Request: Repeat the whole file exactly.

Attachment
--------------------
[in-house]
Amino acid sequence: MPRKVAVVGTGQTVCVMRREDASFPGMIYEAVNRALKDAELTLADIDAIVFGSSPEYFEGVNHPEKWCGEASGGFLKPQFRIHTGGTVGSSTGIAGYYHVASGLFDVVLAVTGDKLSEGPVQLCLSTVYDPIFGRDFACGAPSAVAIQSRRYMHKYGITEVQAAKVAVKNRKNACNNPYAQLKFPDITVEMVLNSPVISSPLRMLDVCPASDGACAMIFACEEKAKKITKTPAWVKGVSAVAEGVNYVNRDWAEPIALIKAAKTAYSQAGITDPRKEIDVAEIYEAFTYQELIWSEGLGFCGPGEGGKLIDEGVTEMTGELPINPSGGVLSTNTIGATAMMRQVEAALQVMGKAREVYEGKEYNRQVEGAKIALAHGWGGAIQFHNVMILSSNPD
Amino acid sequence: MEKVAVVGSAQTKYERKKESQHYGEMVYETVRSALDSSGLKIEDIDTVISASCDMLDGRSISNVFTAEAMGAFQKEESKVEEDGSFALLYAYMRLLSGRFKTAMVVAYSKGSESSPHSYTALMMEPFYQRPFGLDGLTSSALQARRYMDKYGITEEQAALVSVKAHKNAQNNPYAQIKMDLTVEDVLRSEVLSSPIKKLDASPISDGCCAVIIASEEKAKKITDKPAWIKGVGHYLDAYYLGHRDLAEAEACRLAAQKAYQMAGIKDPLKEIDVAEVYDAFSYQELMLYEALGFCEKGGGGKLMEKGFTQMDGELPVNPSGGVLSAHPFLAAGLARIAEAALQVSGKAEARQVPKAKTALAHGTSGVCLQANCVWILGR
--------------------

[in-house]
Amino acid sequence: MPRKVAVVGTGQTVCVMRREDASFPGMIYEAVNRALKDAELTLADIDAIVFGSSPEYFEGVNHPEKWCGEASGGFLKPQFRIHTGGTVGSSTGIAGYYHVASGLFDVVLAVTGDKLSEGPVQLCLSTVYDPIFGRDFACGAPSAVAIQSRRYMHKYGITEVQAAKVAVKNRKNACNNPYAQLKFPDITVEMVLNSPVISSPLRMLDVCPASDGACAMIFACEEKAKKITKTPAWVKGVSAVAEGVNYVNRDWAEPIALIKAAKTAYSQAGITDPRKEIDVAEIYEAFTYQELIWSEGLGFCGPGEGGKLIDEGVTEMTGELPINPSGGVLSTNTIGATAMMRQVEAALQVMGKAREVYEGKEYNRQVEGAKIALAHGWGGAIQFHNVMILSSNPD
Amino acid sequence: MEKVAVVGSAQTKYERKKESQHYGEMVYETVRSALDSSGLKIEDIDTVISASCDMLDGRSISNVFTAEAMGAFQKEESKVEEDGSFALLYAYMRLLSGRFKTAMVVAYSKGSESSPHSYTALMMEPFYQRPFGLDGLTSSALQARRYMDKYGITEEQAALVSVKAHKNAQNNPYAQIKMDLTVEDVLRSEVLSSPIKKLDASPISDGCCAVIIASEEKAKKITDKPAWIKGVGHYLDAYYLGHRDLAEAEACRLAAQKAYQMAGIKDPLKEIDVAEVYDAFSYQELMLYEALGFCEKGGGGKLMEKGFTQMDGELPVNPSGGVLSAHPFLAAGLARIAEAALQVSGKAEARQVPKAKTALAHGTSGVCLQANCVWILGR